This blog post gives you a few tips and tricks on how to safely deck the halls this holiday season.
Thanksgiving has come and gone and you’ve had a little break from all the craziness that comes along with a holiday get-together. Now that you’ve taken a breather, it’s time take down fall decorations, get rid of those pumpkins and start decking the halls and preparing for the festival of lights. Decorating for the holidays is a bittersweet task. “Who wants to untangle the lights? Where are all of my extension cords? Can you grab the ladder out of the garage? Would fake snow be too much?” There are a lot of different things to think about while decorating and it’s easy to let safety slip your mind. That’s why we have put together a list of helpful reminders on how you can stay safe while hanging up the holly or lighting the menorah.
1. When buying a live tree, check for freshness. A fresh tree will keep its color longer and its less of a fire hazard than having a dry tree like the Griswolds in National Lampoon’s Vacation which put the cat and family members at risk. It was a comical scene in the movie, but no one needs a live reenactment.
2. When buying an artificial tree, check for a “Fire Resistant” label. This indicates that the tree is more resistant to catching fire, although this does not mean it is 100% resistant.
Those lights look cozy but they can get hot so it’s important to have a tree that can take the heat.
3. Place tree away from heat sources. Fireplaces, radiators, vents, etc. Heat sources can quickly dry out live trees and increase the risk of flammability. Plus, it’s no fun roasting chestnuts with pine needles poking your back.
4. New or old, check each set of lights for damage. Discard lights with frayed or bare wires, broken or cracked sockets, or loose connections and be sure there is a bulb in each socket. No one likes buying new lights every year, but it’s better than buying new possessions!
5. Make sure lights have been approved and tested by a nationally recognized laboratory, such as Underwriters Laboratory (UL). This information will be clearly displayed on the tag, this lets you know the product has been inspected for potential safety hazards. You wouldn’t buy a turkey that hasn’t been certified by the FDA, so why would you by lights without the necessary approval?
6. Check outdoor lights and extension cords for labels. Confirm that outdoor lights and extension cords have been certified and approved for outdoor use.
7. Turn off lights before going to bed or leaving your home. Leaving your lights on is a potential fire hazard. Use a timer to automatically turn lights on and off at specific times. Your neighbors get to admire your dazzling display all evening; don’t force them into wearing those silly sleeping masks when it’s time for bed.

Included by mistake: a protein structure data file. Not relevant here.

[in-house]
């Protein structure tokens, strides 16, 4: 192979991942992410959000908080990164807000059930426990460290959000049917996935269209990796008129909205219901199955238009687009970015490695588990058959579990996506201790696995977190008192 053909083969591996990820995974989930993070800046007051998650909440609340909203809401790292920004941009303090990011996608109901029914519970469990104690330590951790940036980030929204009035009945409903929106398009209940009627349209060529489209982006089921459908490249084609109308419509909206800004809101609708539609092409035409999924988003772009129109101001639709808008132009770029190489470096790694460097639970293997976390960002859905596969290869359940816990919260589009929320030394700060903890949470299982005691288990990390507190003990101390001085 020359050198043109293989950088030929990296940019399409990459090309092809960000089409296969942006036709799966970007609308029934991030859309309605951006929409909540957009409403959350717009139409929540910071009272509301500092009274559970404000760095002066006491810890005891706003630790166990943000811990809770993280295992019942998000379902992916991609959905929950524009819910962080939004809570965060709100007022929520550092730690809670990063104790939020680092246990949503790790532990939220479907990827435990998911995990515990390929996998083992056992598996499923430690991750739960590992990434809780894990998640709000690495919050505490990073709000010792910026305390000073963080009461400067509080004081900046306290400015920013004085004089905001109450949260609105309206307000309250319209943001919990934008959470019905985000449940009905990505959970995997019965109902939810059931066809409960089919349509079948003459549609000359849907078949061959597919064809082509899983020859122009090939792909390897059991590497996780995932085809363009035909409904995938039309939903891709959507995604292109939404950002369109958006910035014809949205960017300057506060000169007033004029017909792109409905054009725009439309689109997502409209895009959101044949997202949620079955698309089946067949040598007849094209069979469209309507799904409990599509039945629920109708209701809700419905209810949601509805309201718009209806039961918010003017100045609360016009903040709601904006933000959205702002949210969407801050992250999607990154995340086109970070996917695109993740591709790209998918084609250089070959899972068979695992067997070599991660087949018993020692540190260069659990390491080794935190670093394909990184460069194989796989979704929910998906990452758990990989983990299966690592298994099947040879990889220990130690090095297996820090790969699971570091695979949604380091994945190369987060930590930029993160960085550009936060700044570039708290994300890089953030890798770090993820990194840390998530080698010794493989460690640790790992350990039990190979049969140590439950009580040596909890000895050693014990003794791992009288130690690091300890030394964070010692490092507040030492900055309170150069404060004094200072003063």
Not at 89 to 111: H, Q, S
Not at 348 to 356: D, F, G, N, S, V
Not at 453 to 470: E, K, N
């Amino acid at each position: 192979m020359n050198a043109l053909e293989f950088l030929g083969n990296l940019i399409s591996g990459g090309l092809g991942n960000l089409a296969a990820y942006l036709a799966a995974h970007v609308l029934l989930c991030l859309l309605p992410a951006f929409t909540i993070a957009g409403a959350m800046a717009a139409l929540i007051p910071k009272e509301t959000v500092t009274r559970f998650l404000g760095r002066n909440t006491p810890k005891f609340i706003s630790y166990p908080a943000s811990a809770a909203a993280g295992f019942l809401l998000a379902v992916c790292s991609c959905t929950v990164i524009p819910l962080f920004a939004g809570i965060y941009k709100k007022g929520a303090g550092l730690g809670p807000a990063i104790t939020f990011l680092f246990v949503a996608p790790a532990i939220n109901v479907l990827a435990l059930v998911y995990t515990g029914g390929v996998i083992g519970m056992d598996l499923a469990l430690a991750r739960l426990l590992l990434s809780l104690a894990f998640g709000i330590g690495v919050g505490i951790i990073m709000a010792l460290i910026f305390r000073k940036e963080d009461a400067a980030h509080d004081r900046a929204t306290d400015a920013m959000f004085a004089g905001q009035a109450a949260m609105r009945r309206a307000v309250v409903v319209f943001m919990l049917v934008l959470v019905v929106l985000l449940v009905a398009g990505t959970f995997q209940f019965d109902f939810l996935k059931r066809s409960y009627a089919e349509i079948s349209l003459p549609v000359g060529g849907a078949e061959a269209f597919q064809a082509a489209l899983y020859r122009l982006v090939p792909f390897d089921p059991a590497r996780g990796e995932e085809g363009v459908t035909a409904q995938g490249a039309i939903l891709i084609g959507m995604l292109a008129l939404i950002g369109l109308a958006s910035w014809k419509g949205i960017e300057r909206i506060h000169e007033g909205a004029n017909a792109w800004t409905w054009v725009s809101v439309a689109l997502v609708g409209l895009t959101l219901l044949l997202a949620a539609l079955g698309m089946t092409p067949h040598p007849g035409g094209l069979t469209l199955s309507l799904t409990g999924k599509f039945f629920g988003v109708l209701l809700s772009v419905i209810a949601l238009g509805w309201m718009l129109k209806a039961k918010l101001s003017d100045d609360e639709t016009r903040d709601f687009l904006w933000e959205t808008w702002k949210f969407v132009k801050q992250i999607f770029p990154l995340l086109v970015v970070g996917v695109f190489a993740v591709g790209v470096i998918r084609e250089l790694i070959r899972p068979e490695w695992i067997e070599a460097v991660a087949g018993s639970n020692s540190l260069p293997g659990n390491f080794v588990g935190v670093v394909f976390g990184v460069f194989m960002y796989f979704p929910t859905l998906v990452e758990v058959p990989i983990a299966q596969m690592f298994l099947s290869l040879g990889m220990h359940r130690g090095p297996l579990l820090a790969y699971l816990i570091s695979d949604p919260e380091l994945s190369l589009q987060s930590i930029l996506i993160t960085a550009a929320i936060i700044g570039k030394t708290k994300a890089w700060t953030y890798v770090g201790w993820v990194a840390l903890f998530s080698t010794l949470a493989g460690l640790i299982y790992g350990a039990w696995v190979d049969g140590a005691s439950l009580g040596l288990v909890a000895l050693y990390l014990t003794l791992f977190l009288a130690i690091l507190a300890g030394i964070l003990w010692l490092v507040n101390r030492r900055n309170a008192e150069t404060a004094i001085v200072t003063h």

8. Keep a screen in front of the fireplace while it is burning. This prevents any potentially hazardous items around the fireplace from getting too close and catching on fire. C’mon, the kids have been good this year; we don’t want to singe those stocking stuffers into coal.
9. Do not burn wrapping paper in the fireplace. This could result in a flash fire.
10. Place cords and decorations in low-traffic areas to prevent tripping. Remember to place them out of the way so they are not walked on and avoid kinking, twisting or crushing cords. We’ll be stepping on enough jacks, dreidels and Legos this season, give your feet a break.
11. Have a helper hold the bottom of your ladder. After selecting the correct ladder for the job, one that extends at least 3 feet over the working surface, have a helper hold the bottom of the ladder to keep it steady. This also makes for an opportune moment while you hang the mistletoe with the help of your sweetie, after you step off of the ladder of course.
12. Only allow one person on the ladder at a time. Make sure the ladder you are using can support both your weight and the weight of your decorations by checking the ladder’s maximum weight. You may not have your bikini body after all of those latkes and donuts; you don’t want a broken leg too.
13. Keep candles on a stable surface. Place candles on a heat-resistant surface away from flammable items and where they cannot be reached by children, knocked down or blown over.
14. Don’t forget about your candles. Extinguish candles except for those eight in the menorah before leaving the room, leaving the house and going to bed.
15. Have fun! Your home is going to look great!
Now, it’s time to turn on your favorite holiday tunes, throw some cookies in the oven (make sure you set a timer) and start decking your halls, happy holidays!
Consumer Reports http://www.consumerreports.org/cro/news/2011/12/12-tips-for-safer-holiday-home-decorating/index.htm